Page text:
With regard to associations acting as trustees, it is the responsibility of the Federal Minister of Justice to supervise their work. In §5 of the Law of Organized Guardians, Patients Advocates and Residential Advocacy it is stated, that the Federal Minister of Justice must, ensure, in an appropriate manner, if necessary by direct examination, that the associations are carrying out their duties in the context of association trusteeship properly and in accordance with the law.

Compensation and liability of guardians

According to §276 of the General Civil Code, guardians can apply to the court for remuneration and to have their expenses reimbursed. Usually, they receive 5% of the ward’s net income excluding certain benefits and allowances that the latter may receive. An additional 2% of the ward’s assets exceeding EUR 10,000 may also be granted.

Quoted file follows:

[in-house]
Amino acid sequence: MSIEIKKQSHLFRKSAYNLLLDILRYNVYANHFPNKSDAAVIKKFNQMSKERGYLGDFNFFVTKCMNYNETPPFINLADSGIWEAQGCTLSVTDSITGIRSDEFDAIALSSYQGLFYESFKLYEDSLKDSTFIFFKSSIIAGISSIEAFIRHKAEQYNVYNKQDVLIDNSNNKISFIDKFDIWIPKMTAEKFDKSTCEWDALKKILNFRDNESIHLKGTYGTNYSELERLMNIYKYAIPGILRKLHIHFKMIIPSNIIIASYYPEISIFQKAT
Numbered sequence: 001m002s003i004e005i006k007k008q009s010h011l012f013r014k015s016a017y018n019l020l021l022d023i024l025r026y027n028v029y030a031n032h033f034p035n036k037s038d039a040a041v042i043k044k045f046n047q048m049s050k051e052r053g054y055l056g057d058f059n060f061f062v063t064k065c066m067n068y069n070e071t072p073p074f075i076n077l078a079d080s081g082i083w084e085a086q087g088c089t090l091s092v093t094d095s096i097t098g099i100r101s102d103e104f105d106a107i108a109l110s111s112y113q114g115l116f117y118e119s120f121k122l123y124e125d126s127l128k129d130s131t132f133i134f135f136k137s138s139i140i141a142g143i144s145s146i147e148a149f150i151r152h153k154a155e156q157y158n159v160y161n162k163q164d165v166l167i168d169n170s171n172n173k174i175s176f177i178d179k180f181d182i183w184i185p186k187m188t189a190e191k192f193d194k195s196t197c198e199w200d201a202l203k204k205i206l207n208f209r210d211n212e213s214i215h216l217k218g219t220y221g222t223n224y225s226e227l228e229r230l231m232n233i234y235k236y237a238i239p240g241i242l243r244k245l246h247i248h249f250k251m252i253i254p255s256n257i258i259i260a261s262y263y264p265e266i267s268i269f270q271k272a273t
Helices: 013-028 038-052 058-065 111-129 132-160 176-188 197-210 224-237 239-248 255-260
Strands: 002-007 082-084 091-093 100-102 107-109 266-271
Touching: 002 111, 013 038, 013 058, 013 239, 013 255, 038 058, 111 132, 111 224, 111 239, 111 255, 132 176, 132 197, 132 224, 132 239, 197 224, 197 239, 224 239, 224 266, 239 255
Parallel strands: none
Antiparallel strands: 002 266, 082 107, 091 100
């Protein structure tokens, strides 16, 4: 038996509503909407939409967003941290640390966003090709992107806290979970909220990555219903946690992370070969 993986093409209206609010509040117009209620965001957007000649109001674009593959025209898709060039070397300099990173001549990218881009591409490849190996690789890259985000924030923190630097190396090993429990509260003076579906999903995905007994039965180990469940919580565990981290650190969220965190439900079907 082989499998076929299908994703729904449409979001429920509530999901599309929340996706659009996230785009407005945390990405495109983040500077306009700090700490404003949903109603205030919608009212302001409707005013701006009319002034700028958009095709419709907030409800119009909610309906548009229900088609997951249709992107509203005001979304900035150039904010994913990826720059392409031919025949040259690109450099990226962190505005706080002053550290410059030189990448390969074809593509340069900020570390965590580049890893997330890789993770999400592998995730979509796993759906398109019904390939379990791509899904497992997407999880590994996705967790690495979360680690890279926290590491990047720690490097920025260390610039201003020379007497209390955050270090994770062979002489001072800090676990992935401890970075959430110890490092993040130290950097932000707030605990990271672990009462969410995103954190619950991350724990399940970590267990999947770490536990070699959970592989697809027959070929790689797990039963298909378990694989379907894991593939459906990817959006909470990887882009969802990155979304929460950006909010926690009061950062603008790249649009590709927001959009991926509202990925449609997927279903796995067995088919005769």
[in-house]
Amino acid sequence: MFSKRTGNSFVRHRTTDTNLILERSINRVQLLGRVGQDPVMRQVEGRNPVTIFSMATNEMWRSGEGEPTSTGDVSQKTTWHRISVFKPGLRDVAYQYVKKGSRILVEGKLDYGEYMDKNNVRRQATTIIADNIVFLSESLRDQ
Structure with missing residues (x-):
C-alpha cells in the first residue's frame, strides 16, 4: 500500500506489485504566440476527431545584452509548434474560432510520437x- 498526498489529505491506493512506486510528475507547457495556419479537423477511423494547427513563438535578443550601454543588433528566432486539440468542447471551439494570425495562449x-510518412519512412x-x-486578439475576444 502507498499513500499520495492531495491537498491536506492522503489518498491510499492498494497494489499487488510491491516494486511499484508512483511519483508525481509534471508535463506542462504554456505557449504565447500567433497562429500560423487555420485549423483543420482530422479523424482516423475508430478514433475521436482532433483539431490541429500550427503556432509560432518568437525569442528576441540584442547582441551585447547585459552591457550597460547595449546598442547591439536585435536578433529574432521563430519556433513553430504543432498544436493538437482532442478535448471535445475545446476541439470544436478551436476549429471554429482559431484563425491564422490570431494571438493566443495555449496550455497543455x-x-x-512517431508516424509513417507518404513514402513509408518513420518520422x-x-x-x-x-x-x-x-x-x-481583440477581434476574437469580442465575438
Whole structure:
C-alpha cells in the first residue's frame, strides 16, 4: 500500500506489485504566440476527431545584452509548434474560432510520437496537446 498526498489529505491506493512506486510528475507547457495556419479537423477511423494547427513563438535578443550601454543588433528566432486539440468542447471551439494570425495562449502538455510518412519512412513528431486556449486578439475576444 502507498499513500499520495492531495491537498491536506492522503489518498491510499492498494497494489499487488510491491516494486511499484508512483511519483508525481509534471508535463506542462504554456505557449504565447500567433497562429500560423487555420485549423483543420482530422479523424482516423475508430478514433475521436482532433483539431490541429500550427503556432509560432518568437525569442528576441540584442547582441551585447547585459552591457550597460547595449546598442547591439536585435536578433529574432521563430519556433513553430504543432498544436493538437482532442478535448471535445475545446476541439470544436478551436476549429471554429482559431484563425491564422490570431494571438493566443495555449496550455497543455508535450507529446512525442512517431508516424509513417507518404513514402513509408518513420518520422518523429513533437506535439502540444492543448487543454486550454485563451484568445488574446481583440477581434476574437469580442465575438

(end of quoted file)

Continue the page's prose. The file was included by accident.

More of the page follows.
If the trustee does not act on behalf of the ward, s/he is liable for all resulting damage (§267 of the General Civil Code). Lawyers, public notaries or trustees from a non-governmental organisation must fulfil higher standards than trustees close to the ward.

Duration of the guardianship measure

The trustee can be relieved of his/her duties if at any time they are no longer needed. In addition, it is the duty of the Court to verify "at appropriate intervals" whether the wellbeing of the person for whom care has been arranged requires the removal or change of trustee (§283 of the General Civil Code).

The right to appeal

The ward has full legal capacity concerning the proceedings of guardianship. S/he can appeal to a Higher Court, file an application, apply or appear directly in Court.